ECIU brings together young, innovative universities
Tampere University of Technology (TUT) joined the European Consortium of Innovative Universities (ECIU) at the beginning of 2017. ECIU promotes the internationalization of its member universities and represents their interests at the EU level.
The rectors and presidents of member universities define ECIU’s goals and guidelines. They met in Copenhagen in September 2017.
ECIU is a growing consortium that currently comprises 12 research-intensive universities. It has a goal to bring members on board from each country in Europe.
TUT was invited to join ECIU, as the University enjoys a strong reputation for industry collaboration and has been steadily climbing up global rankings. The fact that ECIU is more than a loose partnership between like-minded universities was an important consideration for TUT.
“ECIU is an active and well-organized international consortium established in 1997. All the member universities are expected to serve on its working groups,” says Minna Haka-Risku, ECIU's local coordinator at TUT.
Stronger international profile
“Judging by the number of international students and staff and the volume of English-taught courses and programmes, TUT is one of the most international universities in Finland. While our professors and researchers maintain close collaboration with colleagues from around the world, it is also important to be involved in cross-institutional networks,” says President Mika Hannula.
Hannula believes that ECIU membership will help strengthen TUT's international profile.
“We’re looking to promote the international mobility of our teachers and identify potential partner universities with which to establish long-term research projects. After international tuition fees are introduced in Finnish universities, we’re going to see even more competition for talented foreign students, so their recruitment is also a priority,” says Hannula.
Active working groups
ECIU’s coordinator is placed in the University of Twente in the Netherlands. The practical work is undertaken by working groups, which are made up of employees from the member universities. TUT is well represented and has a seat on both of ECIU’s largest working groups. One of them focuses on innovation in teaching and learning and the other on entrepreneurship and societal impact.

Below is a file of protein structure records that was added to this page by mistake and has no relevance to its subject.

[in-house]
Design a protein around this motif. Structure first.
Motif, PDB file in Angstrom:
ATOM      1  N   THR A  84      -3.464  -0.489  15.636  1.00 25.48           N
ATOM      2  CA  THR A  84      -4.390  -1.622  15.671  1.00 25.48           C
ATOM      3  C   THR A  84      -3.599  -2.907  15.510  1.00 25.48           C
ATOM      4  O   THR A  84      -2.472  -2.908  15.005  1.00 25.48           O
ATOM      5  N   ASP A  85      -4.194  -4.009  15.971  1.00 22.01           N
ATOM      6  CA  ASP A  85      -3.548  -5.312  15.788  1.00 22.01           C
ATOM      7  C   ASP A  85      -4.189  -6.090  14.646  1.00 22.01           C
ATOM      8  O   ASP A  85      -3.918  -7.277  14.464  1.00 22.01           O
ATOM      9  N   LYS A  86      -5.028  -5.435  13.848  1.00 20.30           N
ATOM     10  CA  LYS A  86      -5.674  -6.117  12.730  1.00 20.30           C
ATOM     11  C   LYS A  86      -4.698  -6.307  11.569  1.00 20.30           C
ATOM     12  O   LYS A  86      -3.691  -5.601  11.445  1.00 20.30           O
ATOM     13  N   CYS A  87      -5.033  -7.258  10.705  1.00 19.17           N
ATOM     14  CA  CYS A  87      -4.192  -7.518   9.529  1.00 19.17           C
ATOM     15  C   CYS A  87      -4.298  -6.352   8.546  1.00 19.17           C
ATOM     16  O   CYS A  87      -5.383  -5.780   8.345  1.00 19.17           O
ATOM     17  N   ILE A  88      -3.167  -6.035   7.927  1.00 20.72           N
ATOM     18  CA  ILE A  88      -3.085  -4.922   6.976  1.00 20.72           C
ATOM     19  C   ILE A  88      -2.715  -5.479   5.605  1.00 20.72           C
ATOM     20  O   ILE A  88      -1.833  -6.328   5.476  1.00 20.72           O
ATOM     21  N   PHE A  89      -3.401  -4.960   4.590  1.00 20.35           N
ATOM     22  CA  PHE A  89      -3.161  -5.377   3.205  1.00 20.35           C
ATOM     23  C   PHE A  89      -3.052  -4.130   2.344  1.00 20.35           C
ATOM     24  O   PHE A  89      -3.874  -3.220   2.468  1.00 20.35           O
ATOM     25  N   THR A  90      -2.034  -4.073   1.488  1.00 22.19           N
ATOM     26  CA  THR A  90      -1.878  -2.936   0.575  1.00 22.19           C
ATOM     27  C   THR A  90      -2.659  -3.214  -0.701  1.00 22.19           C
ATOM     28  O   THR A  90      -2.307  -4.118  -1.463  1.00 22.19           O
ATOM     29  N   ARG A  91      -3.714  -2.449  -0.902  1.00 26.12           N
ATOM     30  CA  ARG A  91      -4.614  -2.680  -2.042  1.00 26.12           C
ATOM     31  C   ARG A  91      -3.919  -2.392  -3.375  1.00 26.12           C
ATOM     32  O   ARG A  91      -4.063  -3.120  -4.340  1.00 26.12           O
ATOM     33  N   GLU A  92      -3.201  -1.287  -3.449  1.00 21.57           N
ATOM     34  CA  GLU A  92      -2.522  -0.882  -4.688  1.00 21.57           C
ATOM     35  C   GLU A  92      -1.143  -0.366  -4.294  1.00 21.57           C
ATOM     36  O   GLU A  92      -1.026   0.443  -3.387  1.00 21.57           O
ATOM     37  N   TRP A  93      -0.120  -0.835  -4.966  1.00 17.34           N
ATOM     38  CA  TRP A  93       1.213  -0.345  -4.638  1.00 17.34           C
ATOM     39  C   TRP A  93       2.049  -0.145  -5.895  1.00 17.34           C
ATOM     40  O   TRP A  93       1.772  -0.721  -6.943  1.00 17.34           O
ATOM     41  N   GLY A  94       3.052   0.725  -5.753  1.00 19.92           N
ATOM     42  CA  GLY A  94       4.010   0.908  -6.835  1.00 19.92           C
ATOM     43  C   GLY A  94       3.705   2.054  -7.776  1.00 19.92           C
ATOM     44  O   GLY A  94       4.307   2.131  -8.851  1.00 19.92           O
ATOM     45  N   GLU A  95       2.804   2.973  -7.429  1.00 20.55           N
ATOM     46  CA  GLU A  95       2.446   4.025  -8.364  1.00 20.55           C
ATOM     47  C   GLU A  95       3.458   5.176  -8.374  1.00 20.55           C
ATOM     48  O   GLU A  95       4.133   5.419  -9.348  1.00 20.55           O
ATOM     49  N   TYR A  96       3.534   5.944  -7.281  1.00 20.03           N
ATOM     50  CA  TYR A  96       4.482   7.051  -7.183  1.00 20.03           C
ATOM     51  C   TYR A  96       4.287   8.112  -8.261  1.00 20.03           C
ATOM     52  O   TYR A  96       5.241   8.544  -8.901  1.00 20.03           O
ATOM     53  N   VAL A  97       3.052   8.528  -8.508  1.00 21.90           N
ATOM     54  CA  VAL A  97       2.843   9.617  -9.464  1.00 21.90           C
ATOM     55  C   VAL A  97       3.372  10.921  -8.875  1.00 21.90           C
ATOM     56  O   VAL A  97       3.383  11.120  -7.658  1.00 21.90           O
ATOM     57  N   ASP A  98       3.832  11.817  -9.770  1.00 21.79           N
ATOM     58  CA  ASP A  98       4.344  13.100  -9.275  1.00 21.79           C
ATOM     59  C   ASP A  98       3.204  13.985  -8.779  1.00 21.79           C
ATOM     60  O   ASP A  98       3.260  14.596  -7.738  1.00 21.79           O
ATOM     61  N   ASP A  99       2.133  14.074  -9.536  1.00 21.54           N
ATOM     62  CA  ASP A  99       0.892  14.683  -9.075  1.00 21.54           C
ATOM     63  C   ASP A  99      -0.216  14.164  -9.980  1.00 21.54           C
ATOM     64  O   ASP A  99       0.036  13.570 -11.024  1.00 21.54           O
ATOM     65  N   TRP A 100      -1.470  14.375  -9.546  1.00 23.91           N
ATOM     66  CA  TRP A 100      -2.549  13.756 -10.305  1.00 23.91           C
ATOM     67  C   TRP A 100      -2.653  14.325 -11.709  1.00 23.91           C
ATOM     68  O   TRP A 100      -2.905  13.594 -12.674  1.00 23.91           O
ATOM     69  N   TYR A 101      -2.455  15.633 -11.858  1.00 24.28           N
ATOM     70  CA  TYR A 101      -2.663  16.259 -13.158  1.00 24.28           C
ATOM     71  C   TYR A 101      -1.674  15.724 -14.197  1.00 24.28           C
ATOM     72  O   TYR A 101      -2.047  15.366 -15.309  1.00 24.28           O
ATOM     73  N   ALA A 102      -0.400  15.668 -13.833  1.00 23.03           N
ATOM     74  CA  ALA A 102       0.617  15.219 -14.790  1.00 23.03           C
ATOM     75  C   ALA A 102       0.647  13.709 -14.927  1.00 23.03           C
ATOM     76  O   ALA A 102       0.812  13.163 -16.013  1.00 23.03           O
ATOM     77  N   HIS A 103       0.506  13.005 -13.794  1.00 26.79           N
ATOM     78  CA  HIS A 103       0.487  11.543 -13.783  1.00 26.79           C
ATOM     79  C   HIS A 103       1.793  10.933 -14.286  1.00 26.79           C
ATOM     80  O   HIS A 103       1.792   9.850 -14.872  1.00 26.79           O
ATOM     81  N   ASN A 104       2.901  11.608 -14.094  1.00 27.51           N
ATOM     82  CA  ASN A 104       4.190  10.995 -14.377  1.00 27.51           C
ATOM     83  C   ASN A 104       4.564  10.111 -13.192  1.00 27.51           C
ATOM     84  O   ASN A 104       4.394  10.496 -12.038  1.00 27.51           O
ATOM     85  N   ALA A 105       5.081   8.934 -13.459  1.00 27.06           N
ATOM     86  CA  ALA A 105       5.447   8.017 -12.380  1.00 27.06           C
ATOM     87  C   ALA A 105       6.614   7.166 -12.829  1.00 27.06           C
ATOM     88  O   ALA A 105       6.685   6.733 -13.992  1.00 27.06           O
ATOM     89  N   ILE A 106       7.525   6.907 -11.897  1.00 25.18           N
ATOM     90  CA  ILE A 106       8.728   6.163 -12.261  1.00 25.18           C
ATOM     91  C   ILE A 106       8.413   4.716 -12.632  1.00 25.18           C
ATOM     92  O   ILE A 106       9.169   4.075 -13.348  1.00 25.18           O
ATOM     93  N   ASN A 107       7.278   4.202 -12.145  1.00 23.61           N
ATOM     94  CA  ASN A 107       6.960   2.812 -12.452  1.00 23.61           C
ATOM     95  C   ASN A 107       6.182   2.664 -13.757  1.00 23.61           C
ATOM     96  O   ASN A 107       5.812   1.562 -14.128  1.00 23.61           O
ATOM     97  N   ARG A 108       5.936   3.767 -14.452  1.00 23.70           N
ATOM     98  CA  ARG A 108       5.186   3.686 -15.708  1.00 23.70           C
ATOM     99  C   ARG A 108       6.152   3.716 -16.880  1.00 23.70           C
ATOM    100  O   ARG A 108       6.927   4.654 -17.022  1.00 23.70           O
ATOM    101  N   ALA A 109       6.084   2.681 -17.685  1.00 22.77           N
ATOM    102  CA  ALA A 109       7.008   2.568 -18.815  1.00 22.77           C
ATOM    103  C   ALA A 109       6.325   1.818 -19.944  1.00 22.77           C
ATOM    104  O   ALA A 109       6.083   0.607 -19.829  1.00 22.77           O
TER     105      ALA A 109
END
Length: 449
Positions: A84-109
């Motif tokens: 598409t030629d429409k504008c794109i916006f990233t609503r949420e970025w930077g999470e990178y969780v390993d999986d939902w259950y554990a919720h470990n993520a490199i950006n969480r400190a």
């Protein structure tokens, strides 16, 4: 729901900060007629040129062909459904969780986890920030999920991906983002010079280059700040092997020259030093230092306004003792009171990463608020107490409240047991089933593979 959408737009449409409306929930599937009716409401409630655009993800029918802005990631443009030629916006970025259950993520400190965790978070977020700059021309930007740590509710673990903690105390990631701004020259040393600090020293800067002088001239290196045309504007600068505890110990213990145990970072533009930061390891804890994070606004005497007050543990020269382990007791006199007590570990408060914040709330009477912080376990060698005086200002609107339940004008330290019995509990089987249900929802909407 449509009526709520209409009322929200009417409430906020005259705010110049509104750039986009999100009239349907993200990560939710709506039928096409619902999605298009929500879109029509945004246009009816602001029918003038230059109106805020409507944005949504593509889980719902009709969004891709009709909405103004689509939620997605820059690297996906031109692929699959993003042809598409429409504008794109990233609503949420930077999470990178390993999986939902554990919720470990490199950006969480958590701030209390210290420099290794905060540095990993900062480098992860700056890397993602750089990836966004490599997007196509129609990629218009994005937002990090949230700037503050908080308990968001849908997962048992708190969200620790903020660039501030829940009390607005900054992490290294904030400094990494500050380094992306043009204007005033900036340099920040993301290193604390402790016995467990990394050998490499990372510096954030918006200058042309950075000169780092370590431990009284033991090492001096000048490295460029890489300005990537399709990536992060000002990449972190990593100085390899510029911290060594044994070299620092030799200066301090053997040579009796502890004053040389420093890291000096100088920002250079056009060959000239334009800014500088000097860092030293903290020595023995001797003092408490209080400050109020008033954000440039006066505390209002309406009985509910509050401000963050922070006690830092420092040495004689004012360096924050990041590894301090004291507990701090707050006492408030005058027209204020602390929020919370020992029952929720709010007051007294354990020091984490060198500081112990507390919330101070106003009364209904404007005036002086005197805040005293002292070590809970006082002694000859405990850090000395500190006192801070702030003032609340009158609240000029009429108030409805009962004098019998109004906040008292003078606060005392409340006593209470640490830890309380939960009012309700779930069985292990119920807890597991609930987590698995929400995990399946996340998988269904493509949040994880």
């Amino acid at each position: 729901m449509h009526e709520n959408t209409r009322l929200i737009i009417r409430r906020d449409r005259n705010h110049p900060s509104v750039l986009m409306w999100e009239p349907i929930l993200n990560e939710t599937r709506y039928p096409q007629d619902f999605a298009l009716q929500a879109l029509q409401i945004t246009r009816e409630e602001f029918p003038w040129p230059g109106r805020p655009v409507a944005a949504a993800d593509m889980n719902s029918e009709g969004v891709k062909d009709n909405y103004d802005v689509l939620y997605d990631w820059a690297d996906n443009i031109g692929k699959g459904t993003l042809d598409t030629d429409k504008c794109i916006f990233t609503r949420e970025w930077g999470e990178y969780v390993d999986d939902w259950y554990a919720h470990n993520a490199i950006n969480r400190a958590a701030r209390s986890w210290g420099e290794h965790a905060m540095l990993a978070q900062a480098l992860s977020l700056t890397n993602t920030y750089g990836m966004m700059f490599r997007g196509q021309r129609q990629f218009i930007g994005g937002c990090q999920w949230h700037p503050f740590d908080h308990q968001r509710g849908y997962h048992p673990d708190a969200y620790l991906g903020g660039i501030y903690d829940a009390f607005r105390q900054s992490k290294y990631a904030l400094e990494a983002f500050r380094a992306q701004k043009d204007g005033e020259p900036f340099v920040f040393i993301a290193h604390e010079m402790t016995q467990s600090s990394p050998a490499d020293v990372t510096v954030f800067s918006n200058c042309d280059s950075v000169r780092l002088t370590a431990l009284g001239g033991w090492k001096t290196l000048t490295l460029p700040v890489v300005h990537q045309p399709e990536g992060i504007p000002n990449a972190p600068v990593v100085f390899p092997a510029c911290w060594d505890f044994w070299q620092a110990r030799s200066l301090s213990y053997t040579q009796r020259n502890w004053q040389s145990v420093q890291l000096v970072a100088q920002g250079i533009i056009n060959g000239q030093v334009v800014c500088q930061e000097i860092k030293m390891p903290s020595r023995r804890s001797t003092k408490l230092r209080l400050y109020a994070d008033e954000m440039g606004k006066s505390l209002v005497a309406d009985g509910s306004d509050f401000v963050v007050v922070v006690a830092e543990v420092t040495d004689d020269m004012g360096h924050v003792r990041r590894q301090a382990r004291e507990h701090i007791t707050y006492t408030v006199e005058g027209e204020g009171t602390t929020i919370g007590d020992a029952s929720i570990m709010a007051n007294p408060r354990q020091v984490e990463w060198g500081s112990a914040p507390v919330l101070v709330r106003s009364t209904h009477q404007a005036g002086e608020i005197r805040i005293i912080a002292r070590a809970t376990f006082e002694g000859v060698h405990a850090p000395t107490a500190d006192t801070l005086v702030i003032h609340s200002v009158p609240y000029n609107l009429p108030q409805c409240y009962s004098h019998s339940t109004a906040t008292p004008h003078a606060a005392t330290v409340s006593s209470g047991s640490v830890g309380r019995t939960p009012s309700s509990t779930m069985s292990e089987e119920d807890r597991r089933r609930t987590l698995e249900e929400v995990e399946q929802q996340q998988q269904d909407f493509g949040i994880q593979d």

“As ECIU aims to increase the exchange of students within the consortium by 20 per cent, the member universities are developing customized programmes for exchange students. TUT could, for example, offer a tailored package of currently available, English-taught bachelor’s courses to students from the other member universities,” says Haka-Risku.
The members are also working on international double degree programmes and an online course on entrepreneurship. In addition, ECIU has launched a development programme for teachers and education developers. The first implementation round of the programme is currently underway, with two representatives from each member university.
“To increase international recruitment, we’ve agreed to advertise all positions that become vacant in the member universities on ECIU’s website.”
From exchange agreements to EU projects and from legal matters to marketing
TUT has experience of previous collaboration with all of ECIU’s member universities. Exchange agreements remain in place between TUT and almost all the members in accordance with ECIU’s regulations.
“UK universities have been reluctant to sign bilateral exchange agreements in the past. Thanks to ECIU, we now have the University of Nottingham as part of our network of potential host universities."
Haka-Risku says that a key part of ECIU’s mission is to influence EU policies that are relevant for the consortium. To this end, ECIU recently hired an employee to represent its interests in the EU.
The sharing of good practices is an important aspect of all collaboration.
“When universities come together to share experiences, we gain new insights and ideas for developing our University. We only have to make sure that the insights are put into action,” says Hannula.